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Maniac (2012) Review

by Yo Adrian on September 14th, 2019 | | , ,

Maniac was directed by Franck Khalfoun (who also directed Prey and P2) and stars Elijah Wood (from Cooties, The Faculty), America Olivo (from No One Lives, Circle) and Jan Broberg (from At The Devil’s Door). It’s about a guy named Frank who likes to kill women, scalp them and then staple their hair to mannequins who later morph into his girlfriends (in his own demented mind of course).

I Warned You Not to Go Out Tonight.

Maniac Review

Maniac is a reboot of the original Maniac from 1980, a legendary slasher about a schizophrenic serial killer who uses the scalps of his victims to turn creepy mannequins into effigies. This Maniac, unlike that Maniac, takes an entirely unique approach to horror cinema by creating a first person point of view to effectively put the viewer in the killers shoes. This approach not only makes you almost feel complicit in his kills, but helps to convey how he doesn’t feel in control over his actions. The only time you see Franks face is when he sees himself in various reflections, watching himself kill in this way is an effective way of showing how he’s not in his own drivers seat. And being a schizophrenic who is driven to kill by an alter personality really helps to create a weird sense of empathy that you normally wouldn’t have for a guy who kills innocent people.

This reboot has a unusually voyeuristic vibe. It’s first person, so you see what the killer sees. And the killer spends most of his time just driving around NYC searching for victims. So a good part of the runtime is just watching other people go about their day, wondering who the next victim will be. And at times, once Frank picks his mark, you even get a front row seat into the victims apartment as Frank sneaks around, just watching and waiting for the right time to pounce.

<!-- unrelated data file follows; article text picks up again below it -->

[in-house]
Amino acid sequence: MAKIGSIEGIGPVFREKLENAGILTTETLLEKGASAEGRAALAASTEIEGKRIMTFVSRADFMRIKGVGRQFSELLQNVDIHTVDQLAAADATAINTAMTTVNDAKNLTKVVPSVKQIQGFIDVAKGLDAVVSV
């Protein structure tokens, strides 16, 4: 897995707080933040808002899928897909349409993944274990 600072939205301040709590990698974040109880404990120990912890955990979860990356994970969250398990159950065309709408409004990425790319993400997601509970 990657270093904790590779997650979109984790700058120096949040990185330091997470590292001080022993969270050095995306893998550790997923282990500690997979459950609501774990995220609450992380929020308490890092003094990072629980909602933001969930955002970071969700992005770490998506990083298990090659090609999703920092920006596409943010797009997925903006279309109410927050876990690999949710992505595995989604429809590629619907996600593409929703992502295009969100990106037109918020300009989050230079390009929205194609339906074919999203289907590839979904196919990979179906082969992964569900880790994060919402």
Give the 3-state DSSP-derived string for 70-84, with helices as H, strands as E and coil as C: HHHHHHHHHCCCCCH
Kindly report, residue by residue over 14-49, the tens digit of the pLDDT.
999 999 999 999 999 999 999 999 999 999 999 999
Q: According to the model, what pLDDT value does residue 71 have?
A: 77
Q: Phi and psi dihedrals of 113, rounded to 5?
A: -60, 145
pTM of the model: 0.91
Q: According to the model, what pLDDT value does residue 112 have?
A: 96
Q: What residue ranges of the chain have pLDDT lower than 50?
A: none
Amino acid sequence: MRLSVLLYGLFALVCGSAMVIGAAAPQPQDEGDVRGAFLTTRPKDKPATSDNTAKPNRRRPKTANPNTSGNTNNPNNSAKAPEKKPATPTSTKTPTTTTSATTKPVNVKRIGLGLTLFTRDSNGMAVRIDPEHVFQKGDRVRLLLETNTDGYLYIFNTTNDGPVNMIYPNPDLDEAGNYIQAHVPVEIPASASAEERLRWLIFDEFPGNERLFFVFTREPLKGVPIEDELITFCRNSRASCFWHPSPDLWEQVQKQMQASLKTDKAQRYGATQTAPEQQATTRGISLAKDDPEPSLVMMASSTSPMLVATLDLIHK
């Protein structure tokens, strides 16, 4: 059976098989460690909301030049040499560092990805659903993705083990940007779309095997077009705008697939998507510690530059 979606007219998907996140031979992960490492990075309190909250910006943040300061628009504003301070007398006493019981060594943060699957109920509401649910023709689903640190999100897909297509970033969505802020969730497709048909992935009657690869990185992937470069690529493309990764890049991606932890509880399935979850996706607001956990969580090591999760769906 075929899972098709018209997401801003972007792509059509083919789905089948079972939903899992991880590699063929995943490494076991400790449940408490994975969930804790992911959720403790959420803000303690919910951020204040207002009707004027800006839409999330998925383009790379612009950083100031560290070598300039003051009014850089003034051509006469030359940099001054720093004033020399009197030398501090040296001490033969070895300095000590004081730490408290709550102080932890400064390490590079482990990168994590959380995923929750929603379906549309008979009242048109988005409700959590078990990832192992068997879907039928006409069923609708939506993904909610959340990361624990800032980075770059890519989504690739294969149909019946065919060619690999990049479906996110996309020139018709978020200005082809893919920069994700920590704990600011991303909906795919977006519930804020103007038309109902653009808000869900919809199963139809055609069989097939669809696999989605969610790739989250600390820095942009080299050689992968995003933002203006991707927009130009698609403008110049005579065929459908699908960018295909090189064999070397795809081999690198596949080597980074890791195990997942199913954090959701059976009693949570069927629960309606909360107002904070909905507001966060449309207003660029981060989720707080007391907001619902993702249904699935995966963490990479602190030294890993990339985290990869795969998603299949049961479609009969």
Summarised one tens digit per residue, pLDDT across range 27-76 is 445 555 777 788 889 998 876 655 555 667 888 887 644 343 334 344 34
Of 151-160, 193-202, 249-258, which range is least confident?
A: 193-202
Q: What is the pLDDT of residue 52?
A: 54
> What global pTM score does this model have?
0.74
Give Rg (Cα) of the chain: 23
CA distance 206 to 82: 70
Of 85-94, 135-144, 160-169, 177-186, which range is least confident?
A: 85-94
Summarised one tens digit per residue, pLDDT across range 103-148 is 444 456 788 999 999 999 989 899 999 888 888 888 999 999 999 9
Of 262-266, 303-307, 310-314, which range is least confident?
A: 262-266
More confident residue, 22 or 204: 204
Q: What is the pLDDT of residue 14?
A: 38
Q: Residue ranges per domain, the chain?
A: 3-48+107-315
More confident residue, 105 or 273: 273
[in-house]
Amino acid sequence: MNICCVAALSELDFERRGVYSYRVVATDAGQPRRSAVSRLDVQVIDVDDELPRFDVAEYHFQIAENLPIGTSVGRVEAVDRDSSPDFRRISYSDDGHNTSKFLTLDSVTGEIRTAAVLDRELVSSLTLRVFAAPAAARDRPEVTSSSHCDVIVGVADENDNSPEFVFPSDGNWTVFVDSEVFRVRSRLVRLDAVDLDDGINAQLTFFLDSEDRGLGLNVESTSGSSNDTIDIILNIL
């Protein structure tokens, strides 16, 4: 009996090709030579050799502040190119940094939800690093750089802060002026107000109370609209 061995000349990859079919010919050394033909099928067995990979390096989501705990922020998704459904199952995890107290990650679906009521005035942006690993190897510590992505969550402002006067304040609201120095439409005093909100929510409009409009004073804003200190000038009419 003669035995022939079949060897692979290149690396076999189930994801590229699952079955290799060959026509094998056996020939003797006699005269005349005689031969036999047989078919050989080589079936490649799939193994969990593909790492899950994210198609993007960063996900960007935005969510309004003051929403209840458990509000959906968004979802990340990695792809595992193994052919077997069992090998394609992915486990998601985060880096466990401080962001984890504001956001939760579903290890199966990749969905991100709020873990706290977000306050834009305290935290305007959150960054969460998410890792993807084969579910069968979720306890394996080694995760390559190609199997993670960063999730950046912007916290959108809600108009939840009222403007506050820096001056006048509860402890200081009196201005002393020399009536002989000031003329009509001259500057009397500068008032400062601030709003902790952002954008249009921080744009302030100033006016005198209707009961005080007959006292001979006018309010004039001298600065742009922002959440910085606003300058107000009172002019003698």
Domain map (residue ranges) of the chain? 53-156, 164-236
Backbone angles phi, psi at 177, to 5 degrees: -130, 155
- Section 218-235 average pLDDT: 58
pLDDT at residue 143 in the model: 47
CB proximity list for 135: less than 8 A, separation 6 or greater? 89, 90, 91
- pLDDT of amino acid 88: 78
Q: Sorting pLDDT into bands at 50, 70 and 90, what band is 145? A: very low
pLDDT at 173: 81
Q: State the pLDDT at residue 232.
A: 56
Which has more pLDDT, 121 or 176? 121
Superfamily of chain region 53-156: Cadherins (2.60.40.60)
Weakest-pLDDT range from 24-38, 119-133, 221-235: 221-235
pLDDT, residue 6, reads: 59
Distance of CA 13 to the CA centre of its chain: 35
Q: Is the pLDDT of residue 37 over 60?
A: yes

There’s a couple of great horror movie references in Maniac which I really liked, namely Silence of the Lambs and The Cabinet of Dr. Caligari, the latter being an especially creative reference.

Elijah Wood who plays serial killer Frank Zito nails the role, but from a casting perspective was an unexpected choice. The original Frank really looked like a Frank, Elijah not so much.

Overall this remake was a fun watch, although I have to admit took me a couple of days to warm up to. It’s an arthouse style horror that allowed for endless creative expression. Not all of the creative aspects landed with me, but after a couple of days most did. It’s definitely not a casual popcorn horror to be left running in the background.

Worth Watching?

Hard to say really, it’s not your typical horror movie. It’s very artsy, has a lot of room for interpretation and the acting doesn’t always feel natural considering the majority of characters are just talking straight into the camera with no other interaction from others (it’s like watching audition tapes). This created a strange kind of flat one dimensional feel that might take some time to get used to. Aside from that it’s a powerful story that delivers a healthy dose of blood and gore, gore that’s uncomfortably realistic at times. The sound effects alone can be disturbing.


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